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Polarised Haiti votes in tense presidential election

Published:Sunday | October 25, 2015 | 12:00 AM
A national police officer pushes a voter back in line during national elections in the Petion-Ville suburb of Port-au-Prince, Haiti, yesterday. The country is holding the first-round presidential vote Sunday along with balloting for numerous legislative races and local offices.


Haitian voters faced a ballot featuring more than 50 presidential candidates on Sunday as they selected a leader they hope might be able to lift the nation out of poverty and turbulence.

The field is so crowded and confusing that there's little clarity about who might be leading; polls have been unreliable and contradictory.

The voting process was generally orderly across Haiti, although there were some early signs of confusion.

At a voting centre in Port-au-Prince's Martissant slum, an election supervisor repeatedly yelled at dozens of people trying to force their way in. "No voting two times!"

People shouted back that they were being prevented from voting once.

Varnel Polycard, a vendor of phone chargers, walked away fuming.

"I'm here to vote, and they are trying to stop me," he said.

People shoved to stay in line at a polling centre in the PÈtionville district of Port-au-Prince, where police gave the unruliest people in line short zaps with a Taser when brief scuffles broke out.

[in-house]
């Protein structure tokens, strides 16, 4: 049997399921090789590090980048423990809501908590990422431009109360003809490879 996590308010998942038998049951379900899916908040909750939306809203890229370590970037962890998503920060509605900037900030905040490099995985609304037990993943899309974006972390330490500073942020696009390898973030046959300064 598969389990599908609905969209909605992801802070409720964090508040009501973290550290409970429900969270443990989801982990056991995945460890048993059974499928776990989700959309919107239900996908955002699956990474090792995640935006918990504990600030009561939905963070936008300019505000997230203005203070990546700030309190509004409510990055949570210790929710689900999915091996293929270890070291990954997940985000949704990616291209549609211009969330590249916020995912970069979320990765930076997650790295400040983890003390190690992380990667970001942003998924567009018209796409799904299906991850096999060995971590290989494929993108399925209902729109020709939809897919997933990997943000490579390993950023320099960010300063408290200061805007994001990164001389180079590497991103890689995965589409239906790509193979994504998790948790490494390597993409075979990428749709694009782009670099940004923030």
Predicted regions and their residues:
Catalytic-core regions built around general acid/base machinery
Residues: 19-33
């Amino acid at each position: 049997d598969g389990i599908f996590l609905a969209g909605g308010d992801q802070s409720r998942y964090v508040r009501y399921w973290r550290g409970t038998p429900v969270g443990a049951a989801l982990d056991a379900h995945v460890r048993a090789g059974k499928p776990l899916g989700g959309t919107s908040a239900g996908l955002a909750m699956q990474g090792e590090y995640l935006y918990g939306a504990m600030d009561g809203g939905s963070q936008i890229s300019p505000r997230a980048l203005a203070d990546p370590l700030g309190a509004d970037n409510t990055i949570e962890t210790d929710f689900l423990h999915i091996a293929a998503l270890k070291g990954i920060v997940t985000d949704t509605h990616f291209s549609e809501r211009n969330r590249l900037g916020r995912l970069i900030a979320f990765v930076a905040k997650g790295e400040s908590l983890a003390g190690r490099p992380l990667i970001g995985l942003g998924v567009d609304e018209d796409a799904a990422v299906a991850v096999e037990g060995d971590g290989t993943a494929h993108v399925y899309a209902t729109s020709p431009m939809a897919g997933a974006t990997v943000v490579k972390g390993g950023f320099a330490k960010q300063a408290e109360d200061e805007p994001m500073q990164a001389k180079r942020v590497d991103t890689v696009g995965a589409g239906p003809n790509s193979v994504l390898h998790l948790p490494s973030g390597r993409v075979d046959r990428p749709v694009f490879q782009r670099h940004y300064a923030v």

onlookers gathered


In the Delmas 3 area, Associated Press journalists found onlookers gathered around the battered corpse of a man wearing wristbands of the political party of President Michel Martelly. Those in the crowd denied political motive; they said he was a pig thief killed by a mob.

Police said by mid-morning they had arrested 27 people across Haiti for a variety of offences.

Whoever wins the December 27 run-off faces numerous challenges, including spurring the country's chronically sputtering economy and weaning it off dependence of foreign aid donors, who are largely funding this year's roughly $70 million three-round electoral process.

"The government needs to stimulate growth so that the state can actually pick up the responsibilities that foreign assistance has been providing," Kenneth Merten, the US State Department's special coordinator for Haiti, told The Associated Press.